By the way, my child and I use the analogy of a cat. For those of us who love cats we know that you can pet them X amount of times (say 7) before they must bite. The number is not consistent but we know that they can only maintain for so long before they attack. It’s their nature. The same with an evil one. They MUST attack at some point as they hate peace, and are actually soothed by evil. Clearly two days is his max but if he knew it was only two days that he had access to the kids, he’d have to get an attack in before that. It is their nature, and they love what they are.
Anonymous, you are so right. We have cats, and they have a limit to being nice about attention, then they let you know it is time to leave them alone. I love the analogy, and I see it with my stbx all the time. He can only send a polite email once or twice in a row, then it is snap-and-bite. He just cannot hold that nature in. “Nice” followed by mean. over and over again. And yes, they are soothed by evil. Before he walked out on us, I would see that when he would be owly, and finally send a nasty, accusing email. Then, while I am reeling from the words, he comes up all happy and ready for a hug. He’s taken his anger out on me, now he’s doing just fine; what’s my problem? No conscience; what a help [to] know [what] that is.
You just identified something I’d long forgotten — and that is the ability of my ex- to just be as if we never had had a disagreement. Before I ever started reading about passive (aka covert) aggression or sociopathy, I was long confounded by how he and I could differ over something or have some big chasm between us about an issue and, like a light switch, he could be just like it never happened. All sweetness and light. That always confounded me.
Now I see that it is part of sociopathy — an absolute lack of conscience. In my ex-‘s case, I don’t think he needed the release of anger or some disagreement. I think in his case it’s just utility, i.e. if it worked for whatever his purposes were at any given moment, that was the “emotion” he went with. It’s just all functional and practical for him. If it fit his needs, that’s what he went with.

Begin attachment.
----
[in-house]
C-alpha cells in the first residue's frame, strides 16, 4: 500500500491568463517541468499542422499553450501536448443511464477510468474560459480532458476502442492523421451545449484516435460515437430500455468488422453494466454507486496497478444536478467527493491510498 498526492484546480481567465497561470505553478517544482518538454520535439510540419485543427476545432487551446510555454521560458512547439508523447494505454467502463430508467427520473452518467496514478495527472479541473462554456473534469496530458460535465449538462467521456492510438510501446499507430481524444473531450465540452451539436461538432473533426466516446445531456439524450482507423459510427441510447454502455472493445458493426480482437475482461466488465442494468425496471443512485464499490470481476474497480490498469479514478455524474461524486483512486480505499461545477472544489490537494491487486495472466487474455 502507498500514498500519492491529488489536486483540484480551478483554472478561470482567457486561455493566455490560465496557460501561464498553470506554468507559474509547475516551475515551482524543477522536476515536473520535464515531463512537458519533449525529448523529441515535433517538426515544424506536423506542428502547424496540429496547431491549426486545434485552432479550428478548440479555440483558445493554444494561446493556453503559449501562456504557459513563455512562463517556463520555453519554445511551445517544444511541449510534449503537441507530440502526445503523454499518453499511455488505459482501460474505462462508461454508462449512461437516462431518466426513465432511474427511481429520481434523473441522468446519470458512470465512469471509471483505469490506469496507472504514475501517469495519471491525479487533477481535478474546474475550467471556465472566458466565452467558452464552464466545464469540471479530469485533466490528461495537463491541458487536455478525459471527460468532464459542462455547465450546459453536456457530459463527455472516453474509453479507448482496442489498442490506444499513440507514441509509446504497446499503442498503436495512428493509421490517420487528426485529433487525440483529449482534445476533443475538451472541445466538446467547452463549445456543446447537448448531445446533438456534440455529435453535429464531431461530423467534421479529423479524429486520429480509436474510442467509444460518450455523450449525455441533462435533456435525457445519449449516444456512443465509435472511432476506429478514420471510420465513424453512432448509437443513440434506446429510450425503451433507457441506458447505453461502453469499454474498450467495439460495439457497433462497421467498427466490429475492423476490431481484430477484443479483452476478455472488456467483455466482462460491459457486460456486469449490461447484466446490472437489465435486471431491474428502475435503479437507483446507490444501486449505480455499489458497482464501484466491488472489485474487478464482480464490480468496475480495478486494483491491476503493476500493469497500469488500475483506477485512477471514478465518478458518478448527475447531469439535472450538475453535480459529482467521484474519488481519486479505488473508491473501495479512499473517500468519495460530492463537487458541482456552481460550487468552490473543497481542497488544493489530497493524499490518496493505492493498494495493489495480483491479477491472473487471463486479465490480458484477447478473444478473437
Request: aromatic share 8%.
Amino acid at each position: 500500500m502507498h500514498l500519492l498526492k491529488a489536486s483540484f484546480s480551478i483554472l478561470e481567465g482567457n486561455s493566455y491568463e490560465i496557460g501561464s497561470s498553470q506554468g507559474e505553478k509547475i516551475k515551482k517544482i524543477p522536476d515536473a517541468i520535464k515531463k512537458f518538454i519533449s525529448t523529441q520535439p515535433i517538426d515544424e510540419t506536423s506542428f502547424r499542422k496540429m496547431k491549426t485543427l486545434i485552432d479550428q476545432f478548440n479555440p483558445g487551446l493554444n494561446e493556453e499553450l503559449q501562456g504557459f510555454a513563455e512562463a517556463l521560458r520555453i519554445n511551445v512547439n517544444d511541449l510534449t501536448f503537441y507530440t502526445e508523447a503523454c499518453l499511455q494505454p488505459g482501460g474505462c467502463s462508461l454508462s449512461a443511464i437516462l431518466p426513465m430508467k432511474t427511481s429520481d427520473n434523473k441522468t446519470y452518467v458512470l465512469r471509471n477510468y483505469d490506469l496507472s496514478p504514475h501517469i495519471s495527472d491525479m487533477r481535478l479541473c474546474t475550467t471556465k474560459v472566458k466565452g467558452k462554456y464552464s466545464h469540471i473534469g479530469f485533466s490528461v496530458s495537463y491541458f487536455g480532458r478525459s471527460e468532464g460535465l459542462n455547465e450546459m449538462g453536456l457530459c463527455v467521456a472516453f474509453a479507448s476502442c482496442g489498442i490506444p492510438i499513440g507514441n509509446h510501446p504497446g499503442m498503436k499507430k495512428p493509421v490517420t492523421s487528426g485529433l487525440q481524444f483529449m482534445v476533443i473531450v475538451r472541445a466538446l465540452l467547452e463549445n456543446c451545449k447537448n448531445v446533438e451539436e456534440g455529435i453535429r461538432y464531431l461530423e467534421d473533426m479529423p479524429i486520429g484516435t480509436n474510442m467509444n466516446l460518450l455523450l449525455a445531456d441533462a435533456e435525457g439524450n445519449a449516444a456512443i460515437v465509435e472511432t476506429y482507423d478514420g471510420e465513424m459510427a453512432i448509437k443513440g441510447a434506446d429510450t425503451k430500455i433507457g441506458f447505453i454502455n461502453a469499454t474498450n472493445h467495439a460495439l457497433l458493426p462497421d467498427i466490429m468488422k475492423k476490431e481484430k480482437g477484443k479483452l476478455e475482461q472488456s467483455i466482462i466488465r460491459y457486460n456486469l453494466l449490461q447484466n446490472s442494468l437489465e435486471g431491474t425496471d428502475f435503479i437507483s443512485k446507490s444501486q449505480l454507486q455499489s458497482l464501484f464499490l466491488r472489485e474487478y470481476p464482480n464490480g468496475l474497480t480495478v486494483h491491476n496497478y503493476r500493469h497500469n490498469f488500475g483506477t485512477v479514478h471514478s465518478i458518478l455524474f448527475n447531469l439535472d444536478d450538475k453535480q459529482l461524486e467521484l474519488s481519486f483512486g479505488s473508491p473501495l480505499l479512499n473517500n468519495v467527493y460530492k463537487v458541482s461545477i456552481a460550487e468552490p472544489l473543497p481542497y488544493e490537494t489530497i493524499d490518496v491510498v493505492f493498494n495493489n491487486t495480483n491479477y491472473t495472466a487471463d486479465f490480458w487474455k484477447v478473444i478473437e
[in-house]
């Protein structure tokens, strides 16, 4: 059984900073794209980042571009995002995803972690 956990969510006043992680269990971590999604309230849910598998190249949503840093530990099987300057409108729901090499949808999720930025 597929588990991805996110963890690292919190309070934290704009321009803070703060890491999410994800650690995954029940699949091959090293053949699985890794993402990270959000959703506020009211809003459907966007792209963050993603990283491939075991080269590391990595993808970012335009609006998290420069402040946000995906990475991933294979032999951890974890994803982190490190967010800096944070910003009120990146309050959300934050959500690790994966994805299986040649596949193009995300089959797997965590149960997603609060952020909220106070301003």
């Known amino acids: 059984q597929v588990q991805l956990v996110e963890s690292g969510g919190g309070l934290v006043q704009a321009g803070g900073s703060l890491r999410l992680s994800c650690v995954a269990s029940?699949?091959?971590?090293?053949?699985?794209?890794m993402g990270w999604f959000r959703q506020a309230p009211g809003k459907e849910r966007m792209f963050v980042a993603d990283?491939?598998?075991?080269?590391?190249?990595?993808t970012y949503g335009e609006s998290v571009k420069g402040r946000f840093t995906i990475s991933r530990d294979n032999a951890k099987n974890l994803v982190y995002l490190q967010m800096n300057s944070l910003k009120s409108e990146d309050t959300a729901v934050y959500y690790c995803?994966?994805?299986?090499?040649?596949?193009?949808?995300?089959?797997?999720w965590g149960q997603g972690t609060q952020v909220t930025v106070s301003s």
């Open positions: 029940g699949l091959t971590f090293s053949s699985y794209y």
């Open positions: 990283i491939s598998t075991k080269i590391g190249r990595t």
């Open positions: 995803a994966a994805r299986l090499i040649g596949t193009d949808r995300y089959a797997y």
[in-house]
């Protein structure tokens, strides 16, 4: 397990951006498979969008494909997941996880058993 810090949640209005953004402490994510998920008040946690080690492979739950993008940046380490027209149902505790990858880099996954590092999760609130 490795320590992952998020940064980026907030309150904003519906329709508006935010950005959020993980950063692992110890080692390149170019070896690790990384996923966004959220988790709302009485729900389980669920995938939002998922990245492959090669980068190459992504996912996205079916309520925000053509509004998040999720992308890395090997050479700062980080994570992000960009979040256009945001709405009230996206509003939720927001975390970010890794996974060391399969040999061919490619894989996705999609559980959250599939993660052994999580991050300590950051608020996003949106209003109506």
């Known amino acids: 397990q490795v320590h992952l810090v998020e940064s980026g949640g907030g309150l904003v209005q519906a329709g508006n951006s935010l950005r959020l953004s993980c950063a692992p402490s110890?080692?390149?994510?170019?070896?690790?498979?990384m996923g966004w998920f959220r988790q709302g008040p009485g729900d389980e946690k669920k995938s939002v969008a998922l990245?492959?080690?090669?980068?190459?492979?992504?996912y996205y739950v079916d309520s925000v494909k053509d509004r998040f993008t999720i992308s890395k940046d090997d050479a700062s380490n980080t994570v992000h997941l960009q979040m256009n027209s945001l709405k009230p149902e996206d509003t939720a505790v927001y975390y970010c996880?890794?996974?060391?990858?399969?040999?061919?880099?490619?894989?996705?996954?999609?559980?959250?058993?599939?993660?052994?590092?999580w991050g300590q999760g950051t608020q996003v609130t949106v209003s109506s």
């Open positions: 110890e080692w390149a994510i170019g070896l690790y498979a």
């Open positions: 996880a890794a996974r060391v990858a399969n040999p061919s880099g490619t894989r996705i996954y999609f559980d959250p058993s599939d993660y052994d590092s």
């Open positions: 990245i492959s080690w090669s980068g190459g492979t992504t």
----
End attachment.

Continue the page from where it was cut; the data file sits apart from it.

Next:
I think that’s how he was able to have several really huge explosions of anger in front of me and his child and then go on as if he had just said, “Pass the salt.” I don’t even know if there was real anger there, because in all cases, there was never anything he could point to that had upset him. It was all just blather and qualifications and descriptions about me in a negative way.
Thank God for shining true light on these matters for all of us.
Sometimes we ask the wrong questions. I wonder sometimes if asking if an abuser can be a Christian is the wrong question. Probably not in your case, but sometimes people ask this as subconscious justification for remaining in a situation they need to remove themselves from, or because they question their discernment in entering the relationship, or they’re suffering from guilt over leaving.
since only God knows for sure where we’re going to end up for eternity, it seems best to ask other questions, like:
—Does s/he claim Jesus is their Lord, but their actions never line up with their confession?
—Do I feel safe pointing out their hypocrisy in a godly manner?
—If I am able to point to their hypocrisy, do they respond by acknowledging they need to repent, and make it their goal to take responsibility for their behavior, and acknowledge they are answerable to God for how they treat people?
—If the problem is chronic, are they seeking help and doing the hard work needed for deliverance from this sin?
If you don’t receive the correct answers to these questions, then whether or not you will see them in heaven isn’t actually relevant to your status quo. You need to ask God what He wants you to do to remove or protect yourself from the effects of their disobedience.